Wednesday, August 24, 2011

How to Overcook Green Beans, pt. 1

The first slender, delicate green beans of summer--those véritable haricots verts--are things of beauty, indeed, and in preparing them you must watch over the cooking time nearly to the second, a minor kitchen tragedy if they go even a shade past tender-crisp.  Just blanched or steamed off-raw, tossed with good butter or a slick of walnut oil, scattered over a salade nicoise, they're a treat worth anticipating through the bean-less months.  They can even be consumed raw, and with great pleasure.

But as the season wears on, if you miss a day or two of picking in your garden, and the market offerings swell past pencil-thick, the beans call for a different sort of treatment.  They're still perfectly edible, more than palatable, but they've developed a good deal more...beaniness, perhaps, as the seeds swell, the shell thickens.  They don't need the kid glove, dainty-doily treatment at this stage, and in fact long cooking can bring out a savory side of them you won't get in a quick blanch.

For this preparation the cast iron skillet is our friend, as is companionable bacon.  Then a bit of onion, maybe a sprig of thyme, dash of salt, and time--that's the recipe.  At Bide-A-Wee we'll often do this sort of dish on the campfire or woodstove, lacking an oven.  But the oven is great, too, if not so picturesque.  The dark, shiny things in the skillet, those are pieces of bacon rind--use it if you have it.

Here's all you do:  wash and stem a fistful of beans per person.  For each two people, a good thick slice of bacon, diced about 1/3-inch.  Again for two, a small onion, roughly chopped.  On campfire or stovetop (needn't be a woodstove, any fuel source is fine) heat a skillet big enough to hold the beans in one layer, more or less.  Add the bacon, and as it starts to render fat, add the beans.  Toss often, cook a long time, at least a half hour.  Halfway through, add the onion.  Stir occasionally until the beans are tender, dark, even black, in spots.  Be careful about the onions, which will become bitter if they get too dark.  Add a little salt at the end, a grind of pepper.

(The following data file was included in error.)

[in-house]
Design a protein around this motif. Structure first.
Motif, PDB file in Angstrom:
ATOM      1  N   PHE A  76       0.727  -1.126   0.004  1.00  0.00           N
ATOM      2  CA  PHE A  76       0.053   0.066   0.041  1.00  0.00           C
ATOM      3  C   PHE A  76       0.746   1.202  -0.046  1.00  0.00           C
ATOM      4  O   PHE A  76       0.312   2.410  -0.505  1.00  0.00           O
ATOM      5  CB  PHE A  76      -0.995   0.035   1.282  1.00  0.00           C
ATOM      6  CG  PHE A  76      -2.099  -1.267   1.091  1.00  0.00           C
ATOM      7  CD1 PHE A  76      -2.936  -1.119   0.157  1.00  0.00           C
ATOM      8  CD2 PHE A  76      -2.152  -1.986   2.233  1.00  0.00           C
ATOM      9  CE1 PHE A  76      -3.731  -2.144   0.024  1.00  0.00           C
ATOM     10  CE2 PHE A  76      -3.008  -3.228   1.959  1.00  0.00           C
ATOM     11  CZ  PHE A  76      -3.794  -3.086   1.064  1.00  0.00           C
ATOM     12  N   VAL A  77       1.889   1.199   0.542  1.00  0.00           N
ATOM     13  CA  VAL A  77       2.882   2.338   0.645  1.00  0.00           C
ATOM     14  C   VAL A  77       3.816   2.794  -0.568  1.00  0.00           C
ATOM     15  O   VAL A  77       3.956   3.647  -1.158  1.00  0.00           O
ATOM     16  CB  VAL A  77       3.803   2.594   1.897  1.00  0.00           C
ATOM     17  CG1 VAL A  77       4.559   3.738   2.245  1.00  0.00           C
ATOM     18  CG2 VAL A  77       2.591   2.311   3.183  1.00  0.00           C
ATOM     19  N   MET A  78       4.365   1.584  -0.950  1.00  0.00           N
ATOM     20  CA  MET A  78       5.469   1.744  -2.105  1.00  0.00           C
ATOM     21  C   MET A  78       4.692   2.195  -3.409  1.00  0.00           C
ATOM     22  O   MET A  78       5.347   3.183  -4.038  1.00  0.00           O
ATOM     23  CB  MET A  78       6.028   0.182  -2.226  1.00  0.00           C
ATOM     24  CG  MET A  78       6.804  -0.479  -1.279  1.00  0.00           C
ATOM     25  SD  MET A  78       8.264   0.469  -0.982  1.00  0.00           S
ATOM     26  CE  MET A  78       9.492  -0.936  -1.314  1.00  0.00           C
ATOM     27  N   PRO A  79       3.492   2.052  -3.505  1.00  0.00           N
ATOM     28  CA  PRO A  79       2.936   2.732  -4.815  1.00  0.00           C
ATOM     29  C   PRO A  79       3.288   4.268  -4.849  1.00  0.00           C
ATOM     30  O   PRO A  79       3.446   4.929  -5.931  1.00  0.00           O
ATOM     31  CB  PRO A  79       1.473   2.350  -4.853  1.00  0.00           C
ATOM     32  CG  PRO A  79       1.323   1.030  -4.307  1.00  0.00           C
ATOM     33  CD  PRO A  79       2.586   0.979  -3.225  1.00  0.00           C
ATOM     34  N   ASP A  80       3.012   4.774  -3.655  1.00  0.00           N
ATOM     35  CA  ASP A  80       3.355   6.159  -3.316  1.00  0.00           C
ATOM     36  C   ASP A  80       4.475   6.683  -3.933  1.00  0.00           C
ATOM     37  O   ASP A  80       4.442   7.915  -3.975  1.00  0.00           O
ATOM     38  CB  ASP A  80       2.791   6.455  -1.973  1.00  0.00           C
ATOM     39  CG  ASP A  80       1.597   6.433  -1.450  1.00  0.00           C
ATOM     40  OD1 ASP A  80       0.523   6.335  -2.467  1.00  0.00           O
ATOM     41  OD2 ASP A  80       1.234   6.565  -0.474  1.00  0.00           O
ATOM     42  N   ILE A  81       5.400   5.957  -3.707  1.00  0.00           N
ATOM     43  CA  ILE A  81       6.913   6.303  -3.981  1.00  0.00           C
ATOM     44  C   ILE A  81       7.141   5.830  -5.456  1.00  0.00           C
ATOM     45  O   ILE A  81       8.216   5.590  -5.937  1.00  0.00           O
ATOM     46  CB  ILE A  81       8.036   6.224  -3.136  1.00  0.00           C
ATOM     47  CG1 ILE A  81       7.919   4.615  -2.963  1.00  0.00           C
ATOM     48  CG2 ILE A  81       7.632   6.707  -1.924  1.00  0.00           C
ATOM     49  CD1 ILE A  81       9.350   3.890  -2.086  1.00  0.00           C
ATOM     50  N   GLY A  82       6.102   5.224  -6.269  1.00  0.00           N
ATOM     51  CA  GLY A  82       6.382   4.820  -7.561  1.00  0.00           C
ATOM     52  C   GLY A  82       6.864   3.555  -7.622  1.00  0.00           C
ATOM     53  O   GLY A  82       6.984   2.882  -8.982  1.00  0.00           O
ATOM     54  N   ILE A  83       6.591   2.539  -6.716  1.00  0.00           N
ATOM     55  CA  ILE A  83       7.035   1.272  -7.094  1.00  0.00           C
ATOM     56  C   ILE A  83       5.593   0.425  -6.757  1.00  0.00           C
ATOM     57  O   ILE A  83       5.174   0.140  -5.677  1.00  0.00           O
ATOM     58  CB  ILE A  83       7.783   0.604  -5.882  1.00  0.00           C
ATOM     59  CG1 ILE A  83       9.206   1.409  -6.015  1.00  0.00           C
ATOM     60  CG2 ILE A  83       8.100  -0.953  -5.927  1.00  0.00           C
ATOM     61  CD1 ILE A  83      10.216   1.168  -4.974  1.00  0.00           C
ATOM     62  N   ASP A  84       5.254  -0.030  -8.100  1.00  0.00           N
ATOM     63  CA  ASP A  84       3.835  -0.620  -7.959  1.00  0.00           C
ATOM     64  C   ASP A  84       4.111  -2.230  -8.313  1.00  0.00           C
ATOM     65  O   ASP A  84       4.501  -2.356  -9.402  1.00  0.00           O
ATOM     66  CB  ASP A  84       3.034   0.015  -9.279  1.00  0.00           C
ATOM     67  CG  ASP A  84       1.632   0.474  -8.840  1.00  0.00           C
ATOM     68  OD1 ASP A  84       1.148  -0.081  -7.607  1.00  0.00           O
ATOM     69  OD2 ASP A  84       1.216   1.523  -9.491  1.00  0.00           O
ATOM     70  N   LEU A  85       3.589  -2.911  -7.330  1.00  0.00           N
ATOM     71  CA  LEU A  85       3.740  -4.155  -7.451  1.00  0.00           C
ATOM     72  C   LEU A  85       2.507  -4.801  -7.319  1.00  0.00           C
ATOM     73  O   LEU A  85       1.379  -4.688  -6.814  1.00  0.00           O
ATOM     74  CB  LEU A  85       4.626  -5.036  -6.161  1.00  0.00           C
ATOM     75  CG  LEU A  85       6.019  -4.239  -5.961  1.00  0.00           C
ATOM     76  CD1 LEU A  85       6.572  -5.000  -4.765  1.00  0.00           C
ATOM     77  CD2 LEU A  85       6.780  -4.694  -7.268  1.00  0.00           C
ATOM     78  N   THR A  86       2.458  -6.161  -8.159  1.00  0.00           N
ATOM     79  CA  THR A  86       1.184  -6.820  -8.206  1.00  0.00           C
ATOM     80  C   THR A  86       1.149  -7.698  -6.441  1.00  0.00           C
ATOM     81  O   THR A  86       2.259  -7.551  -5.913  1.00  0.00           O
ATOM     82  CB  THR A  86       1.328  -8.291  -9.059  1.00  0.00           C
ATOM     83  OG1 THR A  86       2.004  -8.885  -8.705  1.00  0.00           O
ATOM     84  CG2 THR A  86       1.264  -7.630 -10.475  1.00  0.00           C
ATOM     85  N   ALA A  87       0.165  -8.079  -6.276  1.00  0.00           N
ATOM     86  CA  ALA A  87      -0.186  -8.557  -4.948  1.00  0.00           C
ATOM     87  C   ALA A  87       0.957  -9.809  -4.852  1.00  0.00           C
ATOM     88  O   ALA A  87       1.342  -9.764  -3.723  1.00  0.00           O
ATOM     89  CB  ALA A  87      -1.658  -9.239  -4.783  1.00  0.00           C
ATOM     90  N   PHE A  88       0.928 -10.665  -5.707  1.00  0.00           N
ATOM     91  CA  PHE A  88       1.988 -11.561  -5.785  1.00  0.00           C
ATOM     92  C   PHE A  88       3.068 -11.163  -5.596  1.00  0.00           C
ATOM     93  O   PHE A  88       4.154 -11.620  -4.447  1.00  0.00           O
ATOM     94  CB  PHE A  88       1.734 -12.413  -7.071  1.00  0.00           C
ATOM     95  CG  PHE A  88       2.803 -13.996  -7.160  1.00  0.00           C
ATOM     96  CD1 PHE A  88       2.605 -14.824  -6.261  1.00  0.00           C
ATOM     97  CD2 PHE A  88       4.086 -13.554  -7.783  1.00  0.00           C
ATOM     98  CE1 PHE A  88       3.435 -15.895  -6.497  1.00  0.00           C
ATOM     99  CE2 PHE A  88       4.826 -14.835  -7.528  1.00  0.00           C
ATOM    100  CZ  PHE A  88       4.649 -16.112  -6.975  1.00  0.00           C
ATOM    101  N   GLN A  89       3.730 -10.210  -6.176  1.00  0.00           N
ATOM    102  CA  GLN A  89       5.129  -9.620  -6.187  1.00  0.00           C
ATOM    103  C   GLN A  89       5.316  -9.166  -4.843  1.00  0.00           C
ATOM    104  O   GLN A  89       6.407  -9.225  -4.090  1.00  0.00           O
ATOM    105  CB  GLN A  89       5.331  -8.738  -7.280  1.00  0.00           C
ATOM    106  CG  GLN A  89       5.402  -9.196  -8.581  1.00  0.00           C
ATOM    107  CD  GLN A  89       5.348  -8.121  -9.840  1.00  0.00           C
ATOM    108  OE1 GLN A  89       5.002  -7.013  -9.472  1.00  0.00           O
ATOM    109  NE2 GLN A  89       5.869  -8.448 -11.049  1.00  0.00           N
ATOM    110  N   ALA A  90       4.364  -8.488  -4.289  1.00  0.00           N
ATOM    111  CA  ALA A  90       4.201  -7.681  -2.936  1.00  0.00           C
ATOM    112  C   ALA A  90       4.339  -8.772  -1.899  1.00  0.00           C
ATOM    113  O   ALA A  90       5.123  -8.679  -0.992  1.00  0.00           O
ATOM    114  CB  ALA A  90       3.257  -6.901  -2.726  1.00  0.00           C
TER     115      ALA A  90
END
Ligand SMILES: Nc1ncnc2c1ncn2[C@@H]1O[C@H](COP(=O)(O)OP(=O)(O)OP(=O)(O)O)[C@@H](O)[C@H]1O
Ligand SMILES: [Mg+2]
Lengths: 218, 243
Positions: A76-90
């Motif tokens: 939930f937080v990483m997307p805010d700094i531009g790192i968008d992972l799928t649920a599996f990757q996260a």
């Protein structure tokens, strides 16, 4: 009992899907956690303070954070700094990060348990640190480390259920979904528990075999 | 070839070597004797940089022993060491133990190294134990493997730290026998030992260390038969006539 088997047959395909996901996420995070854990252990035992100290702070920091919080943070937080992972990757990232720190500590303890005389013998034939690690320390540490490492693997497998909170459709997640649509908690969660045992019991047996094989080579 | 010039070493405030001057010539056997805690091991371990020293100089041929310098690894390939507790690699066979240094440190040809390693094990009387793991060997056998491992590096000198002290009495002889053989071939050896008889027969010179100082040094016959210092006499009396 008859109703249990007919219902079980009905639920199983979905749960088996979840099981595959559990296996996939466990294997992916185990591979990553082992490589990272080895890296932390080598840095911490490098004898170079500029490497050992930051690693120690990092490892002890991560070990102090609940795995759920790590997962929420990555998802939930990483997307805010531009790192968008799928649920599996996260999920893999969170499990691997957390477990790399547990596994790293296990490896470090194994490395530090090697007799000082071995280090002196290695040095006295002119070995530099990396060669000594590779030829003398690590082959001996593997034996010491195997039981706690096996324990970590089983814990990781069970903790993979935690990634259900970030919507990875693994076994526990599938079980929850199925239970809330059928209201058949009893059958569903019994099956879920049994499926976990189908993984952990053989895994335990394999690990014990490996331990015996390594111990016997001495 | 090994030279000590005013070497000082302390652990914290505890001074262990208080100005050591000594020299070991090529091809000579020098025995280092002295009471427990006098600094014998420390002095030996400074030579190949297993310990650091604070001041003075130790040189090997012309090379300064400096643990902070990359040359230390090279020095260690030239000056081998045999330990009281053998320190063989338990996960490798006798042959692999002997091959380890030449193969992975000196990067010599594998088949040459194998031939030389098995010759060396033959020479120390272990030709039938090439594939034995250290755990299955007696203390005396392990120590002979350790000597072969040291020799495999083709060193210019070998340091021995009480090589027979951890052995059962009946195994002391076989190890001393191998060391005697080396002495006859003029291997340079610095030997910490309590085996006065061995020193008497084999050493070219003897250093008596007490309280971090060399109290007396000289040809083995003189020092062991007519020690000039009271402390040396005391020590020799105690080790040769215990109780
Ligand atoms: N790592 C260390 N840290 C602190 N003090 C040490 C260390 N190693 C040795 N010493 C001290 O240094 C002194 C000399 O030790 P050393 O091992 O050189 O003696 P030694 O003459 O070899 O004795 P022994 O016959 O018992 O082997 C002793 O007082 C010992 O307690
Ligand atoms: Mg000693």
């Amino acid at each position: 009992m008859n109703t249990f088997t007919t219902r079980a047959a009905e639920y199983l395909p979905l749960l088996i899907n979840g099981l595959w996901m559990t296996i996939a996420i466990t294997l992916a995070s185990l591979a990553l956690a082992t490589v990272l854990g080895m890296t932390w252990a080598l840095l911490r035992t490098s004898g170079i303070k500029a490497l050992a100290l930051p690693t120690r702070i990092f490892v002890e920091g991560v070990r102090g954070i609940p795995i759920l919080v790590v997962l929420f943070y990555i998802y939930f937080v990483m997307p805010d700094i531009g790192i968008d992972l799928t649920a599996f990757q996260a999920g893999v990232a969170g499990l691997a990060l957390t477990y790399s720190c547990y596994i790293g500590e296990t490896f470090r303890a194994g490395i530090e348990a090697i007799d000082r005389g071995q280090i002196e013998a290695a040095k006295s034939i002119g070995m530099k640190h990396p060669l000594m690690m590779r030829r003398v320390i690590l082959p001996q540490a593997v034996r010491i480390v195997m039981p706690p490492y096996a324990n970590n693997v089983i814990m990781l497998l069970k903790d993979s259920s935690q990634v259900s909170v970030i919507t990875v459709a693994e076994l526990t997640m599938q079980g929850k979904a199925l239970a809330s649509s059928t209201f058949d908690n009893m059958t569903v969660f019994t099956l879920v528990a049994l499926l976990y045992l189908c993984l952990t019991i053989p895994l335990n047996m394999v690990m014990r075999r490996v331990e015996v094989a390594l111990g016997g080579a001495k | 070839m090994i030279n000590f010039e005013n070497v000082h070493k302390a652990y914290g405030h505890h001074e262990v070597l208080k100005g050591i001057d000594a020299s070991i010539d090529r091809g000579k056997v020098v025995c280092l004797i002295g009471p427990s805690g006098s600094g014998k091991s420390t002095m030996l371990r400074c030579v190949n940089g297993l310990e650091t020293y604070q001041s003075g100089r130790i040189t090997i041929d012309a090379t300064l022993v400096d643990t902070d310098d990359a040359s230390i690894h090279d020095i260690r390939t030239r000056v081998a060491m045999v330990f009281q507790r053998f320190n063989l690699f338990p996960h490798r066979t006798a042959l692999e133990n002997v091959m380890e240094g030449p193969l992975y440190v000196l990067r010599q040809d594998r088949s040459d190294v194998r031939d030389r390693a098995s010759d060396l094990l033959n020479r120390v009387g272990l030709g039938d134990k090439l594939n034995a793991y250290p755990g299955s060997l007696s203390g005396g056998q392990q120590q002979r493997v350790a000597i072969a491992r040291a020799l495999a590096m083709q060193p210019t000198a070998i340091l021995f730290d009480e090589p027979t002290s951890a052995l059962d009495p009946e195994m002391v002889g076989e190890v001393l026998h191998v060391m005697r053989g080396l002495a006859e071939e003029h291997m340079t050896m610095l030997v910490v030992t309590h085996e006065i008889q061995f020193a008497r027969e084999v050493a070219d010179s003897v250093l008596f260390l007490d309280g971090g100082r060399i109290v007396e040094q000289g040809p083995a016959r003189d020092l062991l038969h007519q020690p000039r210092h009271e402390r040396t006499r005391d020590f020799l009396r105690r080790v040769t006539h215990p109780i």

Oven version, heat at 375, ovenproof skillet, of course:  add the bacon to the skillet and put it in the oven for 5 minutes.  Bring it out and add the beans, tossing to coat with fat.  Bake 20 minutes.  Add the onion, toss well, bake another 20.  Finish as above.

It's a really lovely side dish to anything--or part of an all-vegetable meal--from August until the frost. To make it vegetarian, skip the bacon and toss the beans with olive oil. We sometimes add a few cloves of garlic in their jackets.

How to Overcook Green Beans, pt. 2 will take up Sichuan dry-fried beans.

Text and photos copyright 2011 by Brett Laidlaw


LoARSqred said...

That sounds wonderful! I freeze those bigger beans (the ones the dog doesn't get) and braise with OJ and lime, Oaxaca-style, for a winter pick-me-up. Now those beans might not make it to the freezer...

el said...

You really need to meet my friend Ed (who actually visited me recently). Loves his beans, loves preparing them similarly...but was so dismayed by seeing so many of them overgrown in my garden! He forgot that shell beans are absolutely my favorite preparation of them...hand's down.

That said I have plenny o bacon endz downstairs and lots of onions too...and we fire up the barbecue at least weekly. Thx for the prep tips.

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